Following hard upon the unlikely appointment of ex-chancellor George Osborne as editor of the Evening Standard, and the slightly less unlikely appointment of arch-republican Pete Broadbent as Bishop of London, the Crown Nominations Commission has nominated the almost unlikeliest name of Michael Gove as the next Bishop of Sheffield.
“I am simply a Christian seeking to serve the world in a spirit of humility,” he said, on receiving the news. “Jesus Christ teaches that the first step in becoming a mature human being is to refuse to be a little god. I have now definitely stopped trying to be one,” he added. “Jesus came in the form of a servant, and so should we, and so henceforth shall I.”
Michael Gove is a devout Anglican and a committed Christian. This makes his nomination rather more promising than many of those currently in the House of Bishops. You may quibble that he isn’t ordained, but the above picture suggests that he may be so – certainly as much (if not more) as members of The Society believe that women may be so. In any case, ordination is simply not a requirement for priests and bishops in the Church of England: the Five Guiding Principles reiterate beyond doubt that Michael Gove may truly and lawfully hold the office of Bishop of Sheffield, while not actually being ordained a priest (or, indeed, being consecrated a bishop). Ever since the Henrican Reformation (aka Brexit I), Royal laymen (and, of course, women) have been able to be Head (or Supreme Governor) of the Church of England without being in holy orders: the next logical step was to widen access (“radical inclusion“) and share out the spiritual authority.
And unlike many of the current psalter of bishops, Michael Gove wears his faith on his sleeve and proclaims it in Parliament: “It’s because I am a Conservative I believe in the rule of law as the foundation stone of our civilisation. It’s because I’m a Conservative I believe that evil must be punished. But it’s also because I’m a Conservative and a Christian I believe in redemption,” he told MPs last year.
Importantly, he understands the nature of Anglican catholicity, which is by far the best type of Catholicism. He observed in the Times recently how Theresa May gave up crisps for Lent, making her “Britain’s first Catholic prime minister”. He continued:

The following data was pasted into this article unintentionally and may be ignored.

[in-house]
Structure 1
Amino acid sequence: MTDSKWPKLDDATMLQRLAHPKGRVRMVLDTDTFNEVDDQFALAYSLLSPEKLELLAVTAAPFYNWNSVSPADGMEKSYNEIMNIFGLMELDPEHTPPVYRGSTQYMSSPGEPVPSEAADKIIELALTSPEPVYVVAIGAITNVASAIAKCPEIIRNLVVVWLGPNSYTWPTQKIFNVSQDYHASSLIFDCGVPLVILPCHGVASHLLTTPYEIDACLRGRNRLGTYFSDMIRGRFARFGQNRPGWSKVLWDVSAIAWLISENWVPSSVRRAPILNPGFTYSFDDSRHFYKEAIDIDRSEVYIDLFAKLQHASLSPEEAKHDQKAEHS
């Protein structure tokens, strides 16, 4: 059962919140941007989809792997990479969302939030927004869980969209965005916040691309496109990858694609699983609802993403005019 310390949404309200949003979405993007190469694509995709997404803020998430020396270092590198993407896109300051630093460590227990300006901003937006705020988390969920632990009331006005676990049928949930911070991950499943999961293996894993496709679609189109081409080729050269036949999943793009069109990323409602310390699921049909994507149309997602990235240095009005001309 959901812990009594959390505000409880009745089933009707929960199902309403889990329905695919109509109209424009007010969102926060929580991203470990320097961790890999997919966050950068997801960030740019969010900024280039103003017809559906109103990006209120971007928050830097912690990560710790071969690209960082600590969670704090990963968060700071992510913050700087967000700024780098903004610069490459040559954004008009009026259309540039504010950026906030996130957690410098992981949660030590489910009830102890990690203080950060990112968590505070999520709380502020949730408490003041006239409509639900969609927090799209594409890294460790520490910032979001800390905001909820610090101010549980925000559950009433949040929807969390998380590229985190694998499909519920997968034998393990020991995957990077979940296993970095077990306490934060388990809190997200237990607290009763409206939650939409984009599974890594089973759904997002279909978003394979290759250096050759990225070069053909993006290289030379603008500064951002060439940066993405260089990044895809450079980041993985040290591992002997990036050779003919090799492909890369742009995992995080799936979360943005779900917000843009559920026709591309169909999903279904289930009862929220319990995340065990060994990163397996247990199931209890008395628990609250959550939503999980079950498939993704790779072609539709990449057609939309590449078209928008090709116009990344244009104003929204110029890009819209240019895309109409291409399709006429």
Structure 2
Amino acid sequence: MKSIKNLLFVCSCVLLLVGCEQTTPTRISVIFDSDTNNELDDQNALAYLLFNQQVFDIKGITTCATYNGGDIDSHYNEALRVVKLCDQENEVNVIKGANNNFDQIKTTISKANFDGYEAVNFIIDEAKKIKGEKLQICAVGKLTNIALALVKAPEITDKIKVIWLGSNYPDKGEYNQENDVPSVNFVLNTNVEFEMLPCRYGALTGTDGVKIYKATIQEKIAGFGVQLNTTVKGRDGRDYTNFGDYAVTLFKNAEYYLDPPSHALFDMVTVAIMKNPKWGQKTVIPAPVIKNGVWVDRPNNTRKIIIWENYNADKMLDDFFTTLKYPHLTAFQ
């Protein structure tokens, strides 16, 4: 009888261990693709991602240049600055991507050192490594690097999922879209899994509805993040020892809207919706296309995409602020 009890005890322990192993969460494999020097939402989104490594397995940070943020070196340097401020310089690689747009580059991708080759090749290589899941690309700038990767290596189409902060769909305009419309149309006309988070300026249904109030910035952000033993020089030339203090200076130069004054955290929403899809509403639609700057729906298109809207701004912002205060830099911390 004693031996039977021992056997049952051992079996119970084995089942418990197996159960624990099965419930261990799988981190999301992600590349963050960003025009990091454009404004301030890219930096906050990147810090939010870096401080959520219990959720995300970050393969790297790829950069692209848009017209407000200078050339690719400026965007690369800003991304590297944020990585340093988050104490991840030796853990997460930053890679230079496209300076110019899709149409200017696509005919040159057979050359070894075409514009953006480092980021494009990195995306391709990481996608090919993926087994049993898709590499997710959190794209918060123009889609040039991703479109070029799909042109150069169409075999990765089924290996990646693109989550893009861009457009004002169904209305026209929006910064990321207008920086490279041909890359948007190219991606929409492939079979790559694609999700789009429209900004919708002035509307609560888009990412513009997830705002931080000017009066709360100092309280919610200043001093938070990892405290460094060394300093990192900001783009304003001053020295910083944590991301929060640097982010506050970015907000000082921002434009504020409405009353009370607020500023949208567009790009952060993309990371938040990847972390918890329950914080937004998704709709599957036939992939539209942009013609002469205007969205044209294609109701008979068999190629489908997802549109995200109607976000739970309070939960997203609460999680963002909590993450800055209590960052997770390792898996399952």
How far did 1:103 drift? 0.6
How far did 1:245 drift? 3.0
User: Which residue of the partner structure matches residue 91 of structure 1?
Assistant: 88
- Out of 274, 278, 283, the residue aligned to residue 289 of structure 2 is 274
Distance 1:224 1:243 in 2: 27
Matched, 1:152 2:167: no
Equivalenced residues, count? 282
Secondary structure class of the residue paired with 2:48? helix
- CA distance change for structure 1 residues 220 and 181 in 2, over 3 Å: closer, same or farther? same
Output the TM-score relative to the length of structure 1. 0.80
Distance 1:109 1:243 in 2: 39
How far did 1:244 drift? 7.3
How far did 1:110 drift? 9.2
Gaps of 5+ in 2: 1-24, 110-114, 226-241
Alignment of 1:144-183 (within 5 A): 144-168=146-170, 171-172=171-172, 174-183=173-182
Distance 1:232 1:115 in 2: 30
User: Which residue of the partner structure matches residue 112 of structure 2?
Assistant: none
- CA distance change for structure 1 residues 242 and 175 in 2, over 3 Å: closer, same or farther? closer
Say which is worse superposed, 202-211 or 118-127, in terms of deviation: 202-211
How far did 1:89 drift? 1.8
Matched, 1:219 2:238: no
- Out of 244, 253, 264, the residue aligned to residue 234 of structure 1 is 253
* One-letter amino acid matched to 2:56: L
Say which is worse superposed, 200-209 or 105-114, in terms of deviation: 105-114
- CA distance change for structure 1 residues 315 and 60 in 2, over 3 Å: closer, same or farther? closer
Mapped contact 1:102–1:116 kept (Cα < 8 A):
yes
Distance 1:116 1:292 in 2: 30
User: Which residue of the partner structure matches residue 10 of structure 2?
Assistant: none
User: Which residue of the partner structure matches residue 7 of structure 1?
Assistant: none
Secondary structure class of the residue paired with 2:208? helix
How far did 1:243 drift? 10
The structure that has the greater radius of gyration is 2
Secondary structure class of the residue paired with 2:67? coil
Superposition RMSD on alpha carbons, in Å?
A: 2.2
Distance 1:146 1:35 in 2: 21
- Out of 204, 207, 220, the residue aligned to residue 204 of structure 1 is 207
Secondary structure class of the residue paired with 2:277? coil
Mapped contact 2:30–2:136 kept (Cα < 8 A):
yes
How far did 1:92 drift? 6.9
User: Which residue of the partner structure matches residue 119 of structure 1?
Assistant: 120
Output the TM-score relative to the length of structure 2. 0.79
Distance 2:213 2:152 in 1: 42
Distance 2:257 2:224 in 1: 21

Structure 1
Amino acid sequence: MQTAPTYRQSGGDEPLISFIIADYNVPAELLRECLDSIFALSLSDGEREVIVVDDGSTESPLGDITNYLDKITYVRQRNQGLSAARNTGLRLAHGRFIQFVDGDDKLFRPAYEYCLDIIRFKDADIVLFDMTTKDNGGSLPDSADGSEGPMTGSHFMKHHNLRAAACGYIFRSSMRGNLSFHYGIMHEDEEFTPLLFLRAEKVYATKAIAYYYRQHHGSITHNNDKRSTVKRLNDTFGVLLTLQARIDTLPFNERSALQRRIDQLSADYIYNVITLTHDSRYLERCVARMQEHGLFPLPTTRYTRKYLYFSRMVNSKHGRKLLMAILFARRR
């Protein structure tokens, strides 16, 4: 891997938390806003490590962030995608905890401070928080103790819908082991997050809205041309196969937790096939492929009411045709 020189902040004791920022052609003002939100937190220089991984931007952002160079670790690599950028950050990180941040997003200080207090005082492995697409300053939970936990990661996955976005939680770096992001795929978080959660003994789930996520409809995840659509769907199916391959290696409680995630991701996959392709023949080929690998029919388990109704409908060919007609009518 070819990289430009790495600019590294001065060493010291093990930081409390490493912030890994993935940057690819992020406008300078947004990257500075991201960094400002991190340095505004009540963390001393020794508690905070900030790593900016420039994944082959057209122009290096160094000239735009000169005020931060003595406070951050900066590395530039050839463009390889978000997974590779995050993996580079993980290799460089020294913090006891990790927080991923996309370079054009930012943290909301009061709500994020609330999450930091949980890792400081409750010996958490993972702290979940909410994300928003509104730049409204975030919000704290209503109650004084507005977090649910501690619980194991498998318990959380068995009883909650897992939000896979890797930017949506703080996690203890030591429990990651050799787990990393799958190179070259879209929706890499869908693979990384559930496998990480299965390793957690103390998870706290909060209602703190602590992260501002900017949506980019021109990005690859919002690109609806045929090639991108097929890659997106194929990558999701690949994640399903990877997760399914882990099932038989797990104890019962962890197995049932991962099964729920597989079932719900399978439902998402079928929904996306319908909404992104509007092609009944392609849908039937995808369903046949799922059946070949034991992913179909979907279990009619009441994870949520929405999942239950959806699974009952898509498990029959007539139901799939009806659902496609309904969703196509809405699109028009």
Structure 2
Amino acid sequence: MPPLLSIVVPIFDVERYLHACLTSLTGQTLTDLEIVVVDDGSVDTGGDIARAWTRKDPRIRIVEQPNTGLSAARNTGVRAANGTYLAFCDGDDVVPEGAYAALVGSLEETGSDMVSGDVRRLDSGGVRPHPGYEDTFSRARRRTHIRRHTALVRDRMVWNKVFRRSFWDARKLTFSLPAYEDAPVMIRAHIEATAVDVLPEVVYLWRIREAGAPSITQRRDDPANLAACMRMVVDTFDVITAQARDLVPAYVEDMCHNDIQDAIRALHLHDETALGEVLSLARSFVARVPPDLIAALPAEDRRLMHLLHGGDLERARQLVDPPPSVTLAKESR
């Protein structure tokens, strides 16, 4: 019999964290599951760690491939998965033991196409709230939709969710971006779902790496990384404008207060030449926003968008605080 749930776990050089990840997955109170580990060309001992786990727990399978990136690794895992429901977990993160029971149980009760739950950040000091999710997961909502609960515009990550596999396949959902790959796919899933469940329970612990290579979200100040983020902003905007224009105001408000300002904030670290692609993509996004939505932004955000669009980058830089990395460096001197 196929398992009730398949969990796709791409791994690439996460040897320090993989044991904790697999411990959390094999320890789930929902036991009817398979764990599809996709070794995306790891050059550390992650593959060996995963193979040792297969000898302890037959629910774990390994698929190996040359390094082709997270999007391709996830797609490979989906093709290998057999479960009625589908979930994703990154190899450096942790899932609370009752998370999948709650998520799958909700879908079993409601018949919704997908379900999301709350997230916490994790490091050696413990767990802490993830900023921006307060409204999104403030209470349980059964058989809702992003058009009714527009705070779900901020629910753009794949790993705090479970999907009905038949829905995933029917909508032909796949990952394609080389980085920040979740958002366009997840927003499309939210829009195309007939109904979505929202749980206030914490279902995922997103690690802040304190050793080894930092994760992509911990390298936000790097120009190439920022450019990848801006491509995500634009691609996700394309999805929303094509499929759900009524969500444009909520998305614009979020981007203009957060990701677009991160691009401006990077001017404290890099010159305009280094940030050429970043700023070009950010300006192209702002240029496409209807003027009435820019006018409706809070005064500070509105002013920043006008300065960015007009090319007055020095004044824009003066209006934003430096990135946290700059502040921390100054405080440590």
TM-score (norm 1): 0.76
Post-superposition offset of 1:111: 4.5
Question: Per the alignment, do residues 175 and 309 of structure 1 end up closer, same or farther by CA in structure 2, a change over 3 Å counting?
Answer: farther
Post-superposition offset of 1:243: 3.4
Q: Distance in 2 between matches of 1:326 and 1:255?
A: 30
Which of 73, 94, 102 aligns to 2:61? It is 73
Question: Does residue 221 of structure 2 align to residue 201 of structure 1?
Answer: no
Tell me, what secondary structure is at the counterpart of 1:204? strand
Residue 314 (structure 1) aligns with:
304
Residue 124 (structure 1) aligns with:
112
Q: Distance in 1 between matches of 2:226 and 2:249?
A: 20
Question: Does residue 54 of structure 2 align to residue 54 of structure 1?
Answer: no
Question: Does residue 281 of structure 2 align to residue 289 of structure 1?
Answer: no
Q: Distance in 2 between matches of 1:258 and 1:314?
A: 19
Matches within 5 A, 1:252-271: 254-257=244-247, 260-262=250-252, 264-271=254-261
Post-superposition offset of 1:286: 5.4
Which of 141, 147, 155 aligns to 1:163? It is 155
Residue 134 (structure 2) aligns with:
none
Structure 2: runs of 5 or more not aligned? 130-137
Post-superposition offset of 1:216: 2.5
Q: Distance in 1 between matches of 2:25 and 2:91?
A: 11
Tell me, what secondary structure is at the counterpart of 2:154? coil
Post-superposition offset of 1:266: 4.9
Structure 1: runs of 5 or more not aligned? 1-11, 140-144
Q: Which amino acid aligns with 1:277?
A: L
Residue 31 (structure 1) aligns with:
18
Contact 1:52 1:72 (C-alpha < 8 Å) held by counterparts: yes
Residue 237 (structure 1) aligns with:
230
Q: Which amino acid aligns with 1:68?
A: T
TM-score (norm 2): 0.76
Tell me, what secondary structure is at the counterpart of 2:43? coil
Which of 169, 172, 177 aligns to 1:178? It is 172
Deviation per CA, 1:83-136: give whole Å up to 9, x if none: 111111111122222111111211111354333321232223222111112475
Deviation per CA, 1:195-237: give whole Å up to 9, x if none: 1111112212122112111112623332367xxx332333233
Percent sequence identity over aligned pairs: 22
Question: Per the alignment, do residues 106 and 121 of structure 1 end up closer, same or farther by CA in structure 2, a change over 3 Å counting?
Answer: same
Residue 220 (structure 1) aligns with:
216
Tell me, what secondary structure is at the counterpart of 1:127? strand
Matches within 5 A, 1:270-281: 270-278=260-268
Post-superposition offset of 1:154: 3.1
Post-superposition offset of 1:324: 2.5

An Anglo-Catholic rather than a Roman Catholic, but no less a Catholic for that. One of the many wonders of the Anglican Church is that it comprehends both those who think of themselves as definitively Protestant in the tradition of Thomas Cranmer and those who believe they are continuity Catholics practising a spirituality and believing in a theology that has passed down from St Augustine to Pusey and Keble. Theresa May’s father, Hubert Brasier, was a priest who very much subscribed to the latter tradition.
And he goes on to talk knowledgeably and intelligently about Roman Catholic social thought and the dangers of excessive individualism and oppressive statism. “It has its roots in the philosophy of Aquinas, borrows from the work of Aristotle and was revived for the industrial age by Pope Leo XIII with his encyclical De Rerum Novarum (Of Revolutionary Things) in 1891.” He is passionate about Christian virtue, the common good, the Reformation and Brexit II. He explains:
We pursued a global, maritime, buccaneering, individualistic, liberal destiny, the spirit of our capitalism was infused with a very Protestant ethic. Now that we are once more freeing ourselves from a conformist Continent to make our own way in the world the question of whether we need to be more radical to maximise opportunities or more cautious to reassure and protect is central to our politics. I can see the case for both. Which may not be very crusading. But I suspect it makes me genuinely Anglican.
The Crown Nominations Commission, which deliberates in secret, reached their decision to nominate Michael Gove late last night, just in time for Gogglebox. The Rev’d Kate Bottley is naturally disappointed not to have been selected, but she is holding out for London, where, as of midnight last night, it is a case of Sede vacante. But that is certainly no longer the case in Sheffield, where the Sede is now very much occupied by a Bible-believing Christian of impeccable integrity, intelligence, discernment and wit. God bless Michael Gove (and guard him from the illiberal-liberal, anti-conservtive, orthophobic mob).